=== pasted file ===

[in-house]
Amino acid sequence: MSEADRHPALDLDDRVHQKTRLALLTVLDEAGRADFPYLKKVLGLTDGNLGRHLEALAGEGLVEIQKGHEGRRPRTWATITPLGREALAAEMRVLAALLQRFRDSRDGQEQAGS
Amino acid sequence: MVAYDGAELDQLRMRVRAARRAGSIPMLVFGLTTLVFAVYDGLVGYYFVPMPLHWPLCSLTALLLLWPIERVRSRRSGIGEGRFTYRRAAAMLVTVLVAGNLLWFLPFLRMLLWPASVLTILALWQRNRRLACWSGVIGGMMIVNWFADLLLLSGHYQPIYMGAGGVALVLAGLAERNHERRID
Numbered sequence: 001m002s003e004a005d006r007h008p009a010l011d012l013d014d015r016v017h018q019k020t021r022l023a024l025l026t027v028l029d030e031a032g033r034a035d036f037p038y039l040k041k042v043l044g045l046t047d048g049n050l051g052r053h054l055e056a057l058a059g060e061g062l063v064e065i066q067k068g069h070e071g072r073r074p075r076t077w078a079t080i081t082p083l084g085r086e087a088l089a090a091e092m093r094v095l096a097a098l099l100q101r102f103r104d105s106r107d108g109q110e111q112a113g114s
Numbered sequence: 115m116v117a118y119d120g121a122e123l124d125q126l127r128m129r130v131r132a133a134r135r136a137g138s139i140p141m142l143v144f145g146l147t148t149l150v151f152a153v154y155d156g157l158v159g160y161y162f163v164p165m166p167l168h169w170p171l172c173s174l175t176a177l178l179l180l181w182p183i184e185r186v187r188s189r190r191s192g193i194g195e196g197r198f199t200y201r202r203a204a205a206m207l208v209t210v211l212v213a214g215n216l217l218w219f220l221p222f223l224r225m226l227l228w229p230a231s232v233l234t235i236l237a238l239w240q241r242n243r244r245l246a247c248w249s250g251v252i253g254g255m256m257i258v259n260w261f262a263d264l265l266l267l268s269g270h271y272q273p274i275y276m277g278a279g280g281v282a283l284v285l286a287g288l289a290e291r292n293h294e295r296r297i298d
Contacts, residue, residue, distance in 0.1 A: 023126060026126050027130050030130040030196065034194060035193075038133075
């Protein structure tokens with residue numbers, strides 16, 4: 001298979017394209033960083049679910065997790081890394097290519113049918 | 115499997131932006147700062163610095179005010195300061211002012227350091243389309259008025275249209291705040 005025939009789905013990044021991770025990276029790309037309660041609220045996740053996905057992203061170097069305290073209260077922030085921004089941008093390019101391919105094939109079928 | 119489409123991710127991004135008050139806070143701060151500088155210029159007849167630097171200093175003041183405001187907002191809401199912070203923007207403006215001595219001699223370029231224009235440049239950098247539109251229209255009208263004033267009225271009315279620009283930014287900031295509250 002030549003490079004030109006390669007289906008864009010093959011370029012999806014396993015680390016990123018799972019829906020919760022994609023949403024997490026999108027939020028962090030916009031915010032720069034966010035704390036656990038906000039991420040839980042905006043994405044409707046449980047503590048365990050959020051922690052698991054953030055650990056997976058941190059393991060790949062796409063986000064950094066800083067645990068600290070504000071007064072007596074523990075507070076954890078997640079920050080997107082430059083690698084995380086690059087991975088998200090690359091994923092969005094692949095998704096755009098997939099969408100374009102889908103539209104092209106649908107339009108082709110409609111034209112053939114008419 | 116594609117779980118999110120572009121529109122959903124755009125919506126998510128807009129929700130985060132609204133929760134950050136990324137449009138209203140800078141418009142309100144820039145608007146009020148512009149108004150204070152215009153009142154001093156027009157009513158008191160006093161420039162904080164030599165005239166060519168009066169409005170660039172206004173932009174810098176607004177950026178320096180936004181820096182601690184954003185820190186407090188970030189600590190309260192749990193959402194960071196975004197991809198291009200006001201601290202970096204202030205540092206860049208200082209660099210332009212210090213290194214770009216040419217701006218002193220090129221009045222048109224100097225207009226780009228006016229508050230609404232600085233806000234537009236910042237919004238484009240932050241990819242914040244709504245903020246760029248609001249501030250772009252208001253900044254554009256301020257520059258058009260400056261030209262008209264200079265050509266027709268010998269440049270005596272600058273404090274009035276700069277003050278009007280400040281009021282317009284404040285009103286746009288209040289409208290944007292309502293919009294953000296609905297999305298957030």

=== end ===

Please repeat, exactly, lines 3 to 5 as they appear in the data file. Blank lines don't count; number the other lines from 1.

Amino acid sequence: MVAYDGAELDQLRMRVRAARRAGSIPMLVFGLTTLVFAVYDGLVGYYFVPMPLHWPLCSLTALLLLWPIERVRSRRSGIGEGRFTYRRAAAMLVTVLVAGNLLWFLPFLRMLLWPASVLTILALWQRNRRLACWSGVIGGMMIVNWFADLLLLSGHYQPIYMGAGGVALVLAGLAERNHERRID
Numbered sequence: 001m002s003e004a005d006r007h008p009a010l011d012l013d014d015r016v017h018q019k020t021r022l023a024l025l026t027v028l029d030e031a032g033r034a035d036f037p038y039l040k041k042v043l044g045l046t047d048g049n050l051g052r053h054l055e056a057l058a059g060e061g062l063v064e065i066q067k068g069h070e071g072r073r074p075r076t077w078a079t080i081t082p083l084g085r086e087a088l089a090a091e092m093r094v095l096a097a098l099l100q101r102f103r104d105s106r107d108g109q110e111q112a113g114s
Numbered sequence: 115m116v117a118y119d120g121a122e123l124d125q126l127r128m129r130v131r132a133a134r135r136a137g138s139i140p141m142l143v144f145g146l147t148t149l150v151f152a153v154y155d156g157l158v159g160y161y162f163v164p165m166p167l168h169w170p171l172c173s174l175t176a177l178l179l180l181w182p183i184e185r186v187r188s189r190r191s192g193i194g195e196g197r198f199t200y201r202r203a204a205a206m207l208v209t210v211l212v213a214g215n216l217l218w219f220l221p222f223l224r225m226l227l228w229p230a231s232v233l234t235i236l237a238l239w240q241r242n243r244r245l246a247c248w249s250g251v252i253g254g255m256m257i258v259n260w261f262a263d264l265l266l267l268s269g270h271y272q273p274i275y276m277g278a279g280g281v282a283l284v285l286a287g288l289a290e291r292n293h294e295r296r297i298d